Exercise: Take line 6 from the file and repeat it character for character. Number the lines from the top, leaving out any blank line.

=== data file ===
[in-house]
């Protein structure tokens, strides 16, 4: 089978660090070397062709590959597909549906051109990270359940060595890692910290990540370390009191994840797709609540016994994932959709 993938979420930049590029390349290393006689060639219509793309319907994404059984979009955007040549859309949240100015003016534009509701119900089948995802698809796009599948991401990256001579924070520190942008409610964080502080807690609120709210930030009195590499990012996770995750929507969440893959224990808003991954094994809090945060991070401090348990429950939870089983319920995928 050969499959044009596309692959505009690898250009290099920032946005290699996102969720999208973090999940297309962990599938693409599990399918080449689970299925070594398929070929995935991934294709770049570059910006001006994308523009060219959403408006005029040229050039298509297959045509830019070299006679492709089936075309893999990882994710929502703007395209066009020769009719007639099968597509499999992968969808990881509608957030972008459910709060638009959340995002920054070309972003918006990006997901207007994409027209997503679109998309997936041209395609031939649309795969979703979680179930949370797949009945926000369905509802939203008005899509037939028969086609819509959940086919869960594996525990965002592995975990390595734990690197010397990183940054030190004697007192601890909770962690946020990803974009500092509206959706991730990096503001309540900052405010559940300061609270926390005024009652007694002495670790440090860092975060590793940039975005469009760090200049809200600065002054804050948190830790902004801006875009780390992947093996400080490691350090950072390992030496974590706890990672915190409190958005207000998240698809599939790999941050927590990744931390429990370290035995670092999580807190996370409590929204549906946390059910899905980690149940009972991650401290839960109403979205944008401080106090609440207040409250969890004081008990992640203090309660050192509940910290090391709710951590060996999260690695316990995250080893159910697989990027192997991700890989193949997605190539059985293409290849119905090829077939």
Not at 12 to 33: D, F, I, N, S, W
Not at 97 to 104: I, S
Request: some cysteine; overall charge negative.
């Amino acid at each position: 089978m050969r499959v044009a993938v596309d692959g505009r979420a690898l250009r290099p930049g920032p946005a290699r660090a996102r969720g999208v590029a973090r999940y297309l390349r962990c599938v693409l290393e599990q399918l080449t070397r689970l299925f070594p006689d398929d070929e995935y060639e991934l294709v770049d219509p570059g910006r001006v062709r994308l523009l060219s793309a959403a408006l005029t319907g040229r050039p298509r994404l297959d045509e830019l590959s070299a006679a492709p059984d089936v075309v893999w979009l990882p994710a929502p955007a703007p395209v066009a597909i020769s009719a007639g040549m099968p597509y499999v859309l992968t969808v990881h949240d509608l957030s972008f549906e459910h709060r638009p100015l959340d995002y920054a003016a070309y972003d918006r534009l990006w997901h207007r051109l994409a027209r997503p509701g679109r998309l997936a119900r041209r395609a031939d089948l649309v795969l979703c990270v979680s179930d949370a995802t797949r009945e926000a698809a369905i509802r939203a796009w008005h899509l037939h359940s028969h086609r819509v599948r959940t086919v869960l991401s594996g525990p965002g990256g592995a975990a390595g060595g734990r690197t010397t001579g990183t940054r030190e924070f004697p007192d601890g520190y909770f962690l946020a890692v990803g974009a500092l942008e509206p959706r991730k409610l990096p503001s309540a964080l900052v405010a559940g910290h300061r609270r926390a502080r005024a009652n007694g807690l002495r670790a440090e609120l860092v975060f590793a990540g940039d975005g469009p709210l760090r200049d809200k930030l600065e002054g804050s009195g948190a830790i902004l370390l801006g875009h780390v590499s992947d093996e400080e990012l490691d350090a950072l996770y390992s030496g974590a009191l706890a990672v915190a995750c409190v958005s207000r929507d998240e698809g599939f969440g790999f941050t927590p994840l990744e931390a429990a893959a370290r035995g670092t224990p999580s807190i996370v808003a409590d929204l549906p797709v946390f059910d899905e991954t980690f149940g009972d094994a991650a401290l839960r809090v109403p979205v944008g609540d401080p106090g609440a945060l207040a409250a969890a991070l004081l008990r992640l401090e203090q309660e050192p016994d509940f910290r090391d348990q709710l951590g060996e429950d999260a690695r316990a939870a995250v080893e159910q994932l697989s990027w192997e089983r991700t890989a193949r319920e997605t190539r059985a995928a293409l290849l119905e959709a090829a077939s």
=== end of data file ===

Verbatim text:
């Amino acid at each position: 089978m050969r499959v044009a993938v596309d692959g505009r979420a690898l250009r290099p930049g920032p946005a290699r660090a996102r969720g999208v590029a973090r999940y297309l390349r962990c599938v693409l290393e599990q399918l080449t070397r689970l299925f070594p006689d398929d070929e995935y060639e991934l294709v770049d219509p570059g910006r001006v062709r994308l523009l060219s793309a959403a408006l005029t319907g040229r050039p298509r994404l297959d045509e830019l590959s070299a006679a492709p059984d089936v075309v893999w979009l990882p994710a929502p955007a703007p395209v066009a597909i020769s009719a007639g040549m099968p597509y499999v859309l992968t969808v990881h949240d509608l957030s972008f549906e459910h709060r638009p100015l959340d995002y920054a003016a070309y972003d918006r534009l990006w997901h207007r051109l994409a027209r997503p509701g679109r998309l997936a119900r041209r395609a031939d089948l649309v795969l979703c990270v979680s179930d949370a995802t797949r009945e926000a698809a369905i509802r939203a796009w008005h899509l037939h359940s028969h086609r819509v599948r959940t086919v869960l991401s594996g525990p965002g990256g592995a975990a390595g060595g734990r690197t010397t001579g990183t940054r030190e924070f004697p007192d601890g520190y909770f962690l946020a890692v990803g974009a500092l942008e509206p959706r991730k409610l990096p503001s309540a964080l900052v405010a559940g910290h300061r609270r926390a502080r005024a009652n007694g807690l002495r670790a440090e609120l860092v975060f590793a990540g940039d975005g469009p709210l760090r200049d809200k930030l600065e002054g804050s009195g948190a830790i902004l370390l801006g875009h780390v590499s992947d093996e400080e990012l490691d350090a950072l996770y390992s030496g974590a009191l706890a990672v915190a995750c409190v958005s207000r929507d998240e698809g599939f969440g790999f941050t927590p994840l990744e931390a429990a893959a370290r035995g670092t224990p999580s807190i996370v808003a409590d929204l549906p797709v946390f059910d899905e991954t980690f149940g009972d094994a991650a401290l839960r809090v109403p979205v944008g609540d401080p106090g609440a945060l207040a409250a969890a991070l004081l008990r992640l401090e203090q309660e050192p016994d509940f910290r090391d348990q709710l951590g060996e429950d999260a690695r316990a939870a995250v080893e159910q994932l697989s990027w192997e089983r991700t890989a193949r319920e997605t190539r059985a995928a293409l290849l119905e959709a090829a077939s």